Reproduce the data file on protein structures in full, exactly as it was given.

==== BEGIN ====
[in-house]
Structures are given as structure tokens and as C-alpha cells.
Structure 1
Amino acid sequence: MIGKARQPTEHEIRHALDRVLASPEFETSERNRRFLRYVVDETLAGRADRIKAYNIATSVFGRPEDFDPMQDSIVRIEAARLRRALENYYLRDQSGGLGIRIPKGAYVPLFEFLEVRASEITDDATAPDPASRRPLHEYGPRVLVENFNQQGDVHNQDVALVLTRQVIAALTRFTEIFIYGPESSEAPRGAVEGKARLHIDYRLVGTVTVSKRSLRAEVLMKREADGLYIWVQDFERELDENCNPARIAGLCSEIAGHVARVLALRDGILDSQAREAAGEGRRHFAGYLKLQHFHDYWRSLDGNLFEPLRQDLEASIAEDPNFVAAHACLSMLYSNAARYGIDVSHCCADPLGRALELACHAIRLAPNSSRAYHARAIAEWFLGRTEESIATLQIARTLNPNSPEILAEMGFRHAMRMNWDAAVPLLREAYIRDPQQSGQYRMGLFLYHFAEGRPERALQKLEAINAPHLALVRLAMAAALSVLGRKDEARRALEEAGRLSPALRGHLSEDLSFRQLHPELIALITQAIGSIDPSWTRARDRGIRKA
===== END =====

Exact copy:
[in-house]
Structures are given as structure tokens and as C-alpha cells.
Structure 1
Amino acid sequence: MIGKARQPTEHEIRHALDRVLASPEFETSERNRRFLRYVVDETLAGRADRIKAYNIATSVFGRPEDFDPMQDSIVRIEAARLRRALENYYLRDQSGGLGIRIPKGAYVPLFEFLEVRASEITDDATAPDPASRRPLHEYGPRVLVENFNQQGDVHNQDVALVLTRQVIAALTRFTEIFIYGPESSEAPRGAVEGKARLHIDYRLVGTVTVSKRSLRAEVLMKREADGLYIWVQDFERELDENCNPARIAGLCSEIAGHVARVLALRDGILDSQAREAAGEGRRHFAGYLKLQHFHDYWRSLDGNLFEPLRQDLEASIAEDPNFVAAHACLSMLYSNAARYGIDVSHCCADPLGRALELACHAIRLAPNSSRAYHARAIAEWFLGRTEESIATLQIARTLNPNSPEILAEMGFRHAMRMNWDAAVPLLREAYIRDPQQSGQYRMGLFLYHFAEGRPERALQKLEAINAPHLALVRLAMAAALSVLGRKDEARRALEEAGRLSPALRGHLSEDLSFRQLHPELIALITQAIGSIDPSWTRARDRGIRKA